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Family businesses are invaluable to the Olympic Village

April 2, 2015
Editorial , Lake Placid News

When tourists and residents in neighboring communities visit Lake Placid, they see a resort town brimming with business. They get a first impression of expensive properties, clean streets and sidewalks and assume the village is filled with and operated by the top 1 percent of wealthy Americans.

But if they spend any time in the Olympic Village meeting the people who live and work here - looking beyond the outer layer - they'll find something much different. Deep down, they'll find a community like any other small town in America struggling to survive.

When we look at Lake Placid, we see the real foundation of this village. We see family.

Since the mid-1800s, Lake Placid families have been hosting tourists eager to get into the outdoors for health and recreation. It began with small inns and hotels. Over time, the properties got larger and more numerous. Restaurants and shops were added, as were recreational properties, attractions and services. They call it the tourism industry. We call it northern hospitality.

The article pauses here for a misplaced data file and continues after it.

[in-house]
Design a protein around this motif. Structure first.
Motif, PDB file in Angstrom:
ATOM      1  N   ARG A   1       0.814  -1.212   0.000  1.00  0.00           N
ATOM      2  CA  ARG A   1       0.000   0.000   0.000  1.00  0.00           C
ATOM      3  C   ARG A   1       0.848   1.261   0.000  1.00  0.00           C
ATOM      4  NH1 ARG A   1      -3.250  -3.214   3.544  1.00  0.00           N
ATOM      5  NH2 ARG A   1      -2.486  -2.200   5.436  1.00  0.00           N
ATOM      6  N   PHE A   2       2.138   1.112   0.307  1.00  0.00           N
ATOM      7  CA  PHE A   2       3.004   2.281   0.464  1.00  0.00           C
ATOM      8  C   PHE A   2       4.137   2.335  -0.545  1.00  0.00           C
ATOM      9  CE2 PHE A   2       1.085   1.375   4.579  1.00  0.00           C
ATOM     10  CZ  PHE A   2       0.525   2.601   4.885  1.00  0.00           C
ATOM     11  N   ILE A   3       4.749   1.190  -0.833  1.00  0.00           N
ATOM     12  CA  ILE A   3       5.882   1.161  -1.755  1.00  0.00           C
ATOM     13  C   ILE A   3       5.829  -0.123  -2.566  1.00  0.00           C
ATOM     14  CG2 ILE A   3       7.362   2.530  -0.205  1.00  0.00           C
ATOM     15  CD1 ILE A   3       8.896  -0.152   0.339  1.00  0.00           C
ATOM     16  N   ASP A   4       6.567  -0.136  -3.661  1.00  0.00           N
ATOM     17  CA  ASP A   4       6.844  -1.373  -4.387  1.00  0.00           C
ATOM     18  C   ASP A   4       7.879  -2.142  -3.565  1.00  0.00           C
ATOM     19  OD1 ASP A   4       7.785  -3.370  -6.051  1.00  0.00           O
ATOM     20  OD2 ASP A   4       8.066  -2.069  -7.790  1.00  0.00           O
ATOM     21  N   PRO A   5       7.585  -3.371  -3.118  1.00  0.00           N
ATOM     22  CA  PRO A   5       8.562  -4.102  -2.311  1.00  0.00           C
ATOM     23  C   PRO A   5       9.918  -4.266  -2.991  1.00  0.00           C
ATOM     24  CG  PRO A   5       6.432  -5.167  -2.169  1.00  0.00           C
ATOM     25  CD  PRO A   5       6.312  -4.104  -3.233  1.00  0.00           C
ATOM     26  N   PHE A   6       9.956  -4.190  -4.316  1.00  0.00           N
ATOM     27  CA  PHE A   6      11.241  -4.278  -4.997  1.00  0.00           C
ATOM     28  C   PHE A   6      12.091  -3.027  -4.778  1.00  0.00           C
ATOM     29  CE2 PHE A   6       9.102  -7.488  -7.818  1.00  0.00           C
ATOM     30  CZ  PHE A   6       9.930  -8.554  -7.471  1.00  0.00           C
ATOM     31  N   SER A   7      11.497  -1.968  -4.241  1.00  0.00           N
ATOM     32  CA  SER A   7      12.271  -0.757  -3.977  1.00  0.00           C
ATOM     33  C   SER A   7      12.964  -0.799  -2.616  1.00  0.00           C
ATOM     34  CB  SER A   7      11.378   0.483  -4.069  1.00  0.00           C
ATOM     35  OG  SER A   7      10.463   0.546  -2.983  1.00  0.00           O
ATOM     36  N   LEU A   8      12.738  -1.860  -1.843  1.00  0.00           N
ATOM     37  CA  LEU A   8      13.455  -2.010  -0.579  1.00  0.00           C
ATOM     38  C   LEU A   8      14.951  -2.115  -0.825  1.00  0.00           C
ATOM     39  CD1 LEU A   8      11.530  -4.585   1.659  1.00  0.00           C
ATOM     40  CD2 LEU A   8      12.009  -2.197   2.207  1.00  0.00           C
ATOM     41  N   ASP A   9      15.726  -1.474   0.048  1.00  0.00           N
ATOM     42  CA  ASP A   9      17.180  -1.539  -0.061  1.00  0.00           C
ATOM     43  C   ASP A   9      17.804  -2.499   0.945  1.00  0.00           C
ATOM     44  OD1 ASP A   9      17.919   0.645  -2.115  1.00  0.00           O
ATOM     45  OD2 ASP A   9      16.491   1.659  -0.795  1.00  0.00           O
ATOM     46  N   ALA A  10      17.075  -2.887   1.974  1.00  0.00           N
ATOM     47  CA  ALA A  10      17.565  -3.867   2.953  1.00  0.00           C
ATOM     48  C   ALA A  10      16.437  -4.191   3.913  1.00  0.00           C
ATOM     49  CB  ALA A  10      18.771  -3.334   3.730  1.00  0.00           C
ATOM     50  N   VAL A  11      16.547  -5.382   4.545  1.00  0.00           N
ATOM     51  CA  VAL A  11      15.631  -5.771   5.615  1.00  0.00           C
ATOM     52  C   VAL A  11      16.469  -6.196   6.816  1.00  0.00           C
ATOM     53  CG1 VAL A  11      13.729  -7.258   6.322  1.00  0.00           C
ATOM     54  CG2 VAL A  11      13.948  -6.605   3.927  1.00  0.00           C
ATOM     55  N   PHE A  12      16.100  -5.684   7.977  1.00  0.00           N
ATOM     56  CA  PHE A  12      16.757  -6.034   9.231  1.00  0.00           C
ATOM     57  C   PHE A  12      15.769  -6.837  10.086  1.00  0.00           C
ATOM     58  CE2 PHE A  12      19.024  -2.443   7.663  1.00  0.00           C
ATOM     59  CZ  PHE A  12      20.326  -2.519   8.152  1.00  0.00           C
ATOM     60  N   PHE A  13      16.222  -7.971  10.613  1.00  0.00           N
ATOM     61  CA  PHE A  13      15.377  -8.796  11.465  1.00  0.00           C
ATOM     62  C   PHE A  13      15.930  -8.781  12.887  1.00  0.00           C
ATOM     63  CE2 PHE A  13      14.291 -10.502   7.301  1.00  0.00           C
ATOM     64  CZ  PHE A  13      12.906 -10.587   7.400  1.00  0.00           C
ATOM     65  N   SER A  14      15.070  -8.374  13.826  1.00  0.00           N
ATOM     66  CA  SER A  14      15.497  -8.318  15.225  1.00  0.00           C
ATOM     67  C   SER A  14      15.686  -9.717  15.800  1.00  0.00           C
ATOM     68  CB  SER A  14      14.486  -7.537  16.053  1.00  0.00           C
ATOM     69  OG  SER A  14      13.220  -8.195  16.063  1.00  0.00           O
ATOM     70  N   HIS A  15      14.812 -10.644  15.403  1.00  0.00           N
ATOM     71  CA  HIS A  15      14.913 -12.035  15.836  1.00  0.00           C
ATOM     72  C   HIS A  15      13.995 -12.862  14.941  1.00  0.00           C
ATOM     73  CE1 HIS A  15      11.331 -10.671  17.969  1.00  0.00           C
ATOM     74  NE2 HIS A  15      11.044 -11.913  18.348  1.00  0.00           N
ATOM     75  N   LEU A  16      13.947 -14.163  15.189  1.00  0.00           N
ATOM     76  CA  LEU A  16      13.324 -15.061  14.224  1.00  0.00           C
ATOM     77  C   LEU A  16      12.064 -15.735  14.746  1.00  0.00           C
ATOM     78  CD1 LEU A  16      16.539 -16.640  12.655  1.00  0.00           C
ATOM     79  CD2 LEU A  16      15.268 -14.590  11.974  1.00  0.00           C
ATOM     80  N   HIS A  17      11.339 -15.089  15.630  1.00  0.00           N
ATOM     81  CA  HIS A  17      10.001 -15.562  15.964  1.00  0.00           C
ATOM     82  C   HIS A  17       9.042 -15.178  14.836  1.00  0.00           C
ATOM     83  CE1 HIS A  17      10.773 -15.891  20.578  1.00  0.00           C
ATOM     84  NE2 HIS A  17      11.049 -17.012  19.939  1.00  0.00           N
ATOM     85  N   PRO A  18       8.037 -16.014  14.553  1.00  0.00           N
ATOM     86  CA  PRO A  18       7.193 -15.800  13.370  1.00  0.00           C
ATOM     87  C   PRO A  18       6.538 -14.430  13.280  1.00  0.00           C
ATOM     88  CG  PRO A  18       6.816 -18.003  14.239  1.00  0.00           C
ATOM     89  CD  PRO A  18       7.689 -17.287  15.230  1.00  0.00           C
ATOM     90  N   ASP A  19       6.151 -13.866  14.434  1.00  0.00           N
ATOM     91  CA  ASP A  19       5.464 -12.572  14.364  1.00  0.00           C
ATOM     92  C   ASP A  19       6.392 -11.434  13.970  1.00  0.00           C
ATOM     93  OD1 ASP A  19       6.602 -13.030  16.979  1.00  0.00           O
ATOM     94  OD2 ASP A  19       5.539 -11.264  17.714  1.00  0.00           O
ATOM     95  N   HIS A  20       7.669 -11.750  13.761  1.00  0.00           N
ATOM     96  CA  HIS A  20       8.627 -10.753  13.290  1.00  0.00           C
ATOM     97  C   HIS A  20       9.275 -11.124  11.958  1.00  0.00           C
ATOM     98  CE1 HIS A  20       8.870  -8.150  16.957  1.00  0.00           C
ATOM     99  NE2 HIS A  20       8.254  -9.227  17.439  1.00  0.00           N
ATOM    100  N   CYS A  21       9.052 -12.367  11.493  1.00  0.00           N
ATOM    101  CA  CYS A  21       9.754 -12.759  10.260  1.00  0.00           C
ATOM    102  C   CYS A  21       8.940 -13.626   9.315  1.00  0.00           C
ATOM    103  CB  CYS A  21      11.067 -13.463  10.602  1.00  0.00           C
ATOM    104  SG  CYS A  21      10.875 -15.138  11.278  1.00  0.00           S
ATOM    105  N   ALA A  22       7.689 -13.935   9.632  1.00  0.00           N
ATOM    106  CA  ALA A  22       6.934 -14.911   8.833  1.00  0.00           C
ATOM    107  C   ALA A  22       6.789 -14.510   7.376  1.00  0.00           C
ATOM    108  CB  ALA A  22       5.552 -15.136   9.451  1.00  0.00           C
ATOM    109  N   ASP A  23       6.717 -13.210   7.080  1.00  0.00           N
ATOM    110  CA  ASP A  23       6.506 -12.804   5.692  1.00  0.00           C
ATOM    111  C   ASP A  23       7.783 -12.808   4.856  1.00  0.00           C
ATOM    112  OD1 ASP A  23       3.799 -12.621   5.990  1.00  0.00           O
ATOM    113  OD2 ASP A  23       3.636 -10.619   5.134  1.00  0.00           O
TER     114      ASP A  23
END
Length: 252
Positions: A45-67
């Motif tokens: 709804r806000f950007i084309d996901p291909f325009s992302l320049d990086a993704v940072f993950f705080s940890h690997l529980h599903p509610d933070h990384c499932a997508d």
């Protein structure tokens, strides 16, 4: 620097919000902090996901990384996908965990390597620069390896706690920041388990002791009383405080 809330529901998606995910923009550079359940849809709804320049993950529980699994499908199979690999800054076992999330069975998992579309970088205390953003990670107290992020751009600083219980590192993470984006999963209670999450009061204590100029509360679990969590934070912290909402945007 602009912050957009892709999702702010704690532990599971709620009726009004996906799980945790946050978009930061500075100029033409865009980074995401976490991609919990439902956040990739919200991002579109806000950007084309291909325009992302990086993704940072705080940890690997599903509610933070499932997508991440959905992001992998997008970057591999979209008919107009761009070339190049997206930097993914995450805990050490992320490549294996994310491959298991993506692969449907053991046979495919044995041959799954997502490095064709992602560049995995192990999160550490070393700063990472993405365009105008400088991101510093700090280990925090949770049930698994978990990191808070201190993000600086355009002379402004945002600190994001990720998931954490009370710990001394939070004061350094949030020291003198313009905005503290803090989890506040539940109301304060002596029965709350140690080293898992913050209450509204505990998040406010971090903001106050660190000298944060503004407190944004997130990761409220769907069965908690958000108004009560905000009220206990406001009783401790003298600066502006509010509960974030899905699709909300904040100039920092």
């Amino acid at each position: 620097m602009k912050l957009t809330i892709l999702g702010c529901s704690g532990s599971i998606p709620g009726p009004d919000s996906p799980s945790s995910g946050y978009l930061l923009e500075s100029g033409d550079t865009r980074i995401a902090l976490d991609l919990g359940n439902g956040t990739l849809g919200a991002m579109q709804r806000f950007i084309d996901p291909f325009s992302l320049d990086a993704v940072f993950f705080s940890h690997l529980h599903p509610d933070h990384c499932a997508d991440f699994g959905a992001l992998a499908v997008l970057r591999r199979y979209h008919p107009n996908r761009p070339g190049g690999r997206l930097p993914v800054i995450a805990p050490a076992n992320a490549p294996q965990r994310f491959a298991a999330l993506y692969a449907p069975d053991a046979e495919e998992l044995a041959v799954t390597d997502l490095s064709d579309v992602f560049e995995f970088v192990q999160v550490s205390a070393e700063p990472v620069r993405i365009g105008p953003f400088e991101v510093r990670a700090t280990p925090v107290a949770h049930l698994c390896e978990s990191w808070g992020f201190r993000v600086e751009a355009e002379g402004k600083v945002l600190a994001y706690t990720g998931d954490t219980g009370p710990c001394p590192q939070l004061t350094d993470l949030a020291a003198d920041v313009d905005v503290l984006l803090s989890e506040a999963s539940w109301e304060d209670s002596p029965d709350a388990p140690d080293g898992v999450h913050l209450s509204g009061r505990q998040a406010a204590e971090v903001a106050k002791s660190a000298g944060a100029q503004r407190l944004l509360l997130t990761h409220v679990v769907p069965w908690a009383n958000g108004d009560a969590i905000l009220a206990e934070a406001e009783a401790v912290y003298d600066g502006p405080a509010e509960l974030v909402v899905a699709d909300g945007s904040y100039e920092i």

The closing of Howard Johnson's restaurant on March 31 was a time to reflect on Lake Placid's hospitality roots. The Butler family - with patriarch Ron Butler at the helm - founded this property in 1956. What began as a restaurant grew into a popular hotel. We are grateful for their quality of service, generosity and the jobs they created. To all the Butlers, thanks for the wonderful Howard Johnson's memories.

Since the Butlers are keeping the hotel - recently changed from the Comfort Inn to the Quality Inn - the story of the Howard Johnson's restaurant only reveals the first 59 years of the Butler family history in Lake Placid. We're eager to see what comes next.

The Butlers are only one family that makes Lake Placid one of the best places to live on Earth. There are many more in the hospitality industry, including the Holderieds, Vespas, Weibrechts, Smiths of Northwoods Inn, Lussis, Cecunjanins, Kanes, Nicolas and Devlins.

While there are several outlet and chain stories in Lake Placid, most of the small businesses are mom-and-pop shops. They, too, are part of the economic backbone that makes this resort a success. Some of them include the Johnstons, Lennons, Delaneys, Beatties and Galvins, not to mention the Palace Theatre owners, the Clark family.

There are many, many more families we haven't mentioned in the tourism industry and other sectors of our local economy, as the list would be too long to print here. That only proves that they are the bedrock of this community. Residents, neighbors and tourists need to know the real reason Lake Placid is such a great place to live and visit.

It is the 99 percent of Americans - the ones getting their hands dirty every day - that make this village successful. For your hard work and dedication, thank you all for your service to this community.



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